(3) If the contracting officer has made a written determination in accordance with (h)(1)(ii) or (h)(3) of this section, the contract has been awarded, and SBA's ruling sustaining the protest is received after award—

(i) The contracting officer shall terminate the contract, unless termination is not in the best interests of the Government. However, the contracting officer shall not exercise any options or award further task or delivery orders;

(ii) The contracting officer shall update the FPDS to reflect the final SBA decision; and

(iii) The concern must remove its designation in the System for Award Management (SAM) as a SDVOSB concern, and shall not submit an offer as a SDVOSB concern, until SBA issues a decision that the ineligibility is resolved.

(4) If the contracting officer has made a written determination in accordance with (h)(1)(ii) or (h)(3) of this section and awarded the contract to the protested firm, SBA has sustained the protest and determined that the concern is not a SDVOSB, and a timely OHA appeal has been filed, then the contracting officer shall consider whether performance can be suspended until an OHA decision is rendered.

(5) If OHA affirms the SBA Director for Government Contracting's determination finding the protested concern is ineligible—

(i) The contracting officer shall terminate the contract unless it is not in the best interest of the Government. However, the contracting officer shall not exercise any options or award further task or delivery orders;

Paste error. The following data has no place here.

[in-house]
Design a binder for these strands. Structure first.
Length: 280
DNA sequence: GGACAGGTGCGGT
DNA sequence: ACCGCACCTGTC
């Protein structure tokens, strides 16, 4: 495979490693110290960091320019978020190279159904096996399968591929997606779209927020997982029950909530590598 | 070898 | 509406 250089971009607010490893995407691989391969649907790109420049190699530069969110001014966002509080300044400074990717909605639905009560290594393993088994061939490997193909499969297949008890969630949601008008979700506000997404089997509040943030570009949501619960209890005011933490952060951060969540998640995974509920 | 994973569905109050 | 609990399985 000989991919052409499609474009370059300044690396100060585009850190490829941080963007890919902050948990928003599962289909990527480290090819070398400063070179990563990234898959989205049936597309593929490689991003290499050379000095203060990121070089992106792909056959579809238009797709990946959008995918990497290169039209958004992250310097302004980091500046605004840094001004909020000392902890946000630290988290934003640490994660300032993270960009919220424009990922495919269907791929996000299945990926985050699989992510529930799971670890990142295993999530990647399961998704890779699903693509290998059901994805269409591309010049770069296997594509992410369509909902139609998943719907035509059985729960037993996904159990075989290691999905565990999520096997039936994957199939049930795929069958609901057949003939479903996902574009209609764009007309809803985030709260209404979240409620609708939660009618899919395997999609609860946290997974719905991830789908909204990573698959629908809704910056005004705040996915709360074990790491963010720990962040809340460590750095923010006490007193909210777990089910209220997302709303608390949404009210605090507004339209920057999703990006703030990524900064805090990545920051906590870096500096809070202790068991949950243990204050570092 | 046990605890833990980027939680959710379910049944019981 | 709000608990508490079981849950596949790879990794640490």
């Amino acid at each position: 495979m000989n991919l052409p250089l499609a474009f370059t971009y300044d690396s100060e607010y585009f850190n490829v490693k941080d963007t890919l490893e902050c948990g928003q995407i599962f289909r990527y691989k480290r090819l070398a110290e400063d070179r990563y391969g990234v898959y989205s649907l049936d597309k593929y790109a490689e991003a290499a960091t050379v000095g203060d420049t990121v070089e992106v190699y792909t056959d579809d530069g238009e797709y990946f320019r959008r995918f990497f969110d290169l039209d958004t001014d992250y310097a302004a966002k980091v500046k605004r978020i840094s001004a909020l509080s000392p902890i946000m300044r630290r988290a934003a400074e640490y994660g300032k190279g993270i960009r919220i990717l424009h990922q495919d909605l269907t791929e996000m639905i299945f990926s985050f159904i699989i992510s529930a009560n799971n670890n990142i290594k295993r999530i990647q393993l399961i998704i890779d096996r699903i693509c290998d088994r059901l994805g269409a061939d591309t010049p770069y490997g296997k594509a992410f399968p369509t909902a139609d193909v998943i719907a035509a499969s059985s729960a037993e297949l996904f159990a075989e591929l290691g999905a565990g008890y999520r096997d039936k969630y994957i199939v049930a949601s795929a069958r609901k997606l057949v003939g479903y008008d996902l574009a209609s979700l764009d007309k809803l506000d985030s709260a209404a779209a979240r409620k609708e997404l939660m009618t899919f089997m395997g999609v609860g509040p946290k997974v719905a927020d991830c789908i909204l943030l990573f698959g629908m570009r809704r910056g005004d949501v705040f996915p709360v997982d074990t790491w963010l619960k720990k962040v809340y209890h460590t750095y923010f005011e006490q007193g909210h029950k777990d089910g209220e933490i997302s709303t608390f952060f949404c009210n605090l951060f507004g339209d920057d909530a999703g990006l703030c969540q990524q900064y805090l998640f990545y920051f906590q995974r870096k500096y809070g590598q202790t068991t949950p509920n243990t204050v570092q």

(ii) The contracting officer shall update the FPDS to reflect OHA's decision; and

(iii) The concern shall remove its designation in SAM as a SDVOSB concern, until SBA issues a decision that the ineligibility is resolved or OHA finds the concern is eligible on appeal.

(6) A concern found to be ineligible may not submit future offer's as an SDVOSB concern until the concern demonstrates to SBA's satisfaction that it has overcome the reason for the protest and SBA issues a decision to this effect.

(j) Appeals of SDVOSB status determinations. The protested SDVOSB small business concern, the protester, or the contracting officer may file appeals of protest determinations to OHA. OHA must receive the appeal no later than 10 business days after the date of receipt of the protest determination. SBA will dismiss an untimely appeal. See Subpart E “Rules of Practice for Appeals From Service-Disabled Veteran Owned Small Business Concerns Protests” at 13 CFR 134.501 through 134.515 for SBA's appeals regulations.